Eddie, also known as Venom, is directly tied to Knull and Cates has been building to this event through that series for years at this point. Cates has evolved Brock from the popular anti-hero to a father with concerns for his son. We see that here as he attempts to seek shelter and protect his kid. It’s a human detail that adds so much to this beginning. King in Black #1 could easily have just been battle after battle. But, this small part adds something we can relate to as parents and children. It adds a human aspect to the larger than life event and grounds it in some ways. It also allows us to connect and really care as to what happens.

Joining Cates is artist Ryan Stegman who has worked with Cates through so much of his Venom run. Stegman’s style is very much his with imagery that pops and comes off as larger than life. It’s a look I personally love and here it works so well with such grand-scale moments. Stegman’s style has a certain exaggeration and it helps emphasize the larger than life moments. Stegman is joined by JP Mayer on ink, Frank Martin on color, and Clayton Cowles with lettering. The art could easily fall into a space that’s too dark but despite the black and red, it never gets to a point it feels like a dirge. There’s still something that jumps from the page despite the “dark” nature of it all.

King in Black #1 kicks things off with jaw-dropping moments and unexpected twists. But, it’s the heart of it all where things succeed. Eddie Brock brings a touch to the story that we can all relate to. And, more importantly, he brings a character we can empathize with and feel sorry for. He’s likely sacrificing himself to save the world and his kid and knows it. Yet, he goes through with it. King in Black #1 is the shift of Eddie Brock from anti-hero to true hero willing to make the ultimate sacrifice for the greater good. It’s the start of an event but also the next step for the character that Cates and Stegman have been adding depth to for years.

Darkness might reign but King in Black #1 shines.

Story: Donny Cates Art: Ryan Stegman
Ink: JP Mayer Color: Frank Martin Letterer: Clayton Cowles
Story: 9.0 Art: 9.0 Overall: 9.0 Recommendation: Buy

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Review: Wolverine: Black, White, & Blood #1

Wolverine: Black, White, & Blood #1

I’m a fan of anthologies. You get a chance to see numerous creators all have fun in the same pool or give their spin on the same character. To see how different creators handle the same character is always interesting in that you can get such varied takes really showing how different voices and perspectives can be. Wolverine: Black, White, & Blood #1 kicks off a new anthology mini-series from Marvel focused on Wolverine from a varied group of writers, artists, and colorists.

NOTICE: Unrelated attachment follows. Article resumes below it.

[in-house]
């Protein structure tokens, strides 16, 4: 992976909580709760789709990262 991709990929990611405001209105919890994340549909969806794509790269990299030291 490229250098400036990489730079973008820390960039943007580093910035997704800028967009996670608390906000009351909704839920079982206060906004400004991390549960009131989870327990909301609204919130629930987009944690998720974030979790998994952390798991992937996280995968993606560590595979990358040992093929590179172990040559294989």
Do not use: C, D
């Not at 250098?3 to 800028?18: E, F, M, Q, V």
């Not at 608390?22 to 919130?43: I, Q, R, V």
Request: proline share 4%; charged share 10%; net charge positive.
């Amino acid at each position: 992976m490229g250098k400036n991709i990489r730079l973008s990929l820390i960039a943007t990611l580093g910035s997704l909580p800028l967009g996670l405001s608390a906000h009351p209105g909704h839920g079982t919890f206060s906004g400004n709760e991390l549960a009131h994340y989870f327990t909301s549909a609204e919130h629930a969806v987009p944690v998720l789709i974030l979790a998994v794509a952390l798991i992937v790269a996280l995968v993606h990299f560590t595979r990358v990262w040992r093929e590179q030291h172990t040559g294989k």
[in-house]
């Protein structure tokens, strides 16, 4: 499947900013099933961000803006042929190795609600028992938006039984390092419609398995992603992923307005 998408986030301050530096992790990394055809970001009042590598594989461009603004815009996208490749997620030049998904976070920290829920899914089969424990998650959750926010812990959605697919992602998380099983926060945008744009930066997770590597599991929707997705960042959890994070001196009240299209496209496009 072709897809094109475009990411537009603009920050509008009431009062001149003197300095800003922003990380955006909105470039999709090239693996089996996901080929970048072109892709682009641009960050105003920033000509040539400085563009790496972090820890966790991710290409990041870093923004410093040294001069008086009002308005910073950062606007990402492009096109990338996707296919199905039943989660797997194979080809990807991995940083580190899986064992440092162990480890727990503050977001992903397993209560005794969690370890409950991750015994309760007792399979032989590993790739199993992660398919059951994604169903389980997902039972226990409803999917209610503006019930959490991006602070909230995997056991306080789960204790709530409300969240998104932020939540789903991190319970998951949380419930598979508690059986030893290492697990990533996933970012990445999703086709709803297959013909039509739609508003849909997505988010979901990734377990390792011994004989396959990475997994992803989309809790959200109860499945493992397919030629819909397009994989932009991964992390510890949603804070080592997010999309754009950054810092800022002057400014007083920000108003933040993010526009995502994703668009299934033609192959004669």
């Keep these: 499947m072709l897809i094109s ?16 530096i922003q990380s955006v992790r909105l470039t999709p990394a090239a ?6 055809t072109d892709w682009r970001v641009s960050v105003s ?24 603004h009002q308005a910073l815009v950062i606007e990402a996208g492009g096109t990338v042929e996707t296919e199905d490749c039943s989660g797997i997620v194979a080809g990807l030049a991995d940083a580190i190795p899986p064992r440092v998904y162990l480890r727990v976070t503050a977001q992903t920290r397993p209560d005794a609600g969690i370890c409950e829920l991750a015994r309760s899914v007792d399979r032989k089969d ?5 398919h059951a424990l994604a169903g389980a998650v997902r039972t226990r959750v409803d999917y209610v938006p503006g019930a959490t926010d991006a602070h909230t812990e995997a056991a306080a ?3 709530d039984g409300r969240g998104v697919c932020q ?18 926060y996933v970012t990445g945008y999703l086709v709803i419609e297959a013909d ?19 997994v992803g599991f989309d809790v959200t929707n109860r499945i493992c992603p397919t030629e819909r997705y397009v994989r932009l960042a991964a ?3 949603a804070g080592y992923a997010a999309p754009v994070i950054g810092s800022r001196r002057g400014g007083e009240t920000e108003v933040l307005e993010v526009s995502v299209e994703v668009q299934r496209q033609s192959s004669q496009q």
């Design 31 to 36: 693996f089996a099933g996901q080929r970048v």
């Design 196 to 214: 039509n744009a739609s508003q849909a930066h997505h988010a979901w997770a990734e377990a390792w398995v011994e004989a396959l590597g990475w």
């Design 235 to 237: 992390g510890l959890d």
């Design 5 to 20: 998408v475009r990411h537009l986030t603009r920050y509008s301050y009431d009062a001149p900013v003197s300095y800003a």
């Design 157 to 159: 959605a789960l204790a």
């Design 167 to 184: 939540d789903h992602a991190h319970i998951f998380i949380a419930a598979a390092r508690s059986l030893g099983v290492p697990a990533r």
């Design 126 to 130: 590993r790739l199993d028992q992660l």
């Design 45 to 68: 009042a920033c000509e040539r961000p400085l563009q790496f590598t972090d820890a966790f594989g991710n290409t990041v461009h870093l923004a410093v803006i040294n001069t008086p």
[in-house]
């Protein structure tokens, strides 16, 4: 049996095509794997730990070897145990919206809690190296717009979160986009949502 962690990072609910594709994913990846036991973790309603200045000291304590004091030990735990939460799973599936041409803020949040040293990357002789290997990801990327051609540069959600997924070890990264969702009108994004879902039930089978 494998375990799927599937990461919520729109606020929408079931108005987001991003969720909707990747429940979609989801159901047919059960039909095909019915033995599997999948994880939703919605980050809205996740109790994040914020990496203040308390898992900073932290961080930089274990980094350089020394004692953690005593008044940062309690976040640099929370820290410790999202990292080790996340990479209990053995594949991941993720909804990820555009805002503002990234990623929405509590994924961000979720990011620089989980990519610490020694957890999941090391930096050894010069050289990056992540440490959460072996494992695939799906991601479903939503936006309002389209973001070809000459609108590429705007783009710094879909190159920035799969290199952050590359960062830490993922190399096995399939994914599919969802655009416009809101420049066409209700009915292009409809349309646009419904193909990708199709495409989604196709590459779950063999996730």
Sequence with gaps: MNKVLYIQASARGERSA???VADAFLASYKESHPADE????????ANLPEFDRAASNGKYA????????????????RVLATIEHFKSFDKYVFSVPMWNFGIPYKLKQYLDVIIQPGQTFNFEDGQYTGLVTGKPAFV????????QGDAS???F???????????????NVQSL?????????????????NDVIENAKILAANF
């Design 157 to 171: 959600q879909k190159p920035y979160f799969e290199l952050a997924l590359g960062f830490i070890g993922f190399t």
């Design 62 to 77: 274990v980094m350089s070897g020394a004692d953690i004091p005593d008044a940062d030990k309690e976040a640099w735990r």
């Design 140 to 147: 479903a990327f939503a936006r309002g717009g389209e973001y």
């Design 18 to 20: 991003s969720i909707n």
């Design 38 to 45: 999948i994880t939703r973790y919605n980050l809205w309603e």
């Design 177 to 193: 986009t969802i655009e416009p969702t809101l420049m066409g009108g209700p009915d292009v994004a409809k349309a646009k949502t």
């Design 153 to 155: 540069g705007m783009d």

Wolverine: Black, White, & Blood #1 features three stories each of which vary a lot in tone and style. They all have one thing in common, they’re bloody. These aren’t Wolverine comics for the kids, the stories are adult, mature, and use their limited color palette really well.

The Beast Within Them” explores Wolverine’s time in the Weapon X program. It’s an appropriate start taking us back to the early days of the character preceding the other two stories within this first issue. Written by Gerry Duggan, with art by Adam Kubert, and color by Frank Martin, the story is interesting as it explores the ongoing struggle within the character. Still known as Experiment-X, Wolverine is sent on tests to see how he reacts and how much he can be controlled. He’s a loose beast fighting other beasts for survival, running on instinct. But, underneath there’s a man. Duggan explores why the program may have had so many issues with Logan. The art is fierce and guttural at times finely depicting the rage and brutal nature of the fights.

I Shall Be a Wolf” is by writer Matthew Rosenberg, artist Joshua Cassara, and colors by Guru-eFX. Focused more on the spy side of Wolverine, he’s capture by Hydra who wants to use him to get to Nick Fury. It’s a brutal story with the bodies piling up and some twists and turns that are unexpected. While it at times feels like a familiar spy story we’ve seen before, where the story goes is unexpected. The end really pays off, though the entire story is a solid back and forth. I gasped with an “oh shit” towards the end as the story wraps up and the exclamation point is delivered.

Declan Shalvey handles writing and art with “Cabin Fever,” the final story. Wolverine comes across a murdered couple and crying baby in a cabin and then must deal with those who killed the couple. It’s a bloody and violent story filled with body parts launched from a simple story.

Clayton Cowles provides the lettering for each story and each has their own subtle differences. It’s interesting to see how each story varies and Cowles handles the lettering for such different stories. You can see the thought given to each, especially in “Cabin Fever”. With that story the lettering shifts to reflect Wolverine’s rage going from white to orange to red and back to orange and then white. It’s subtle but smart.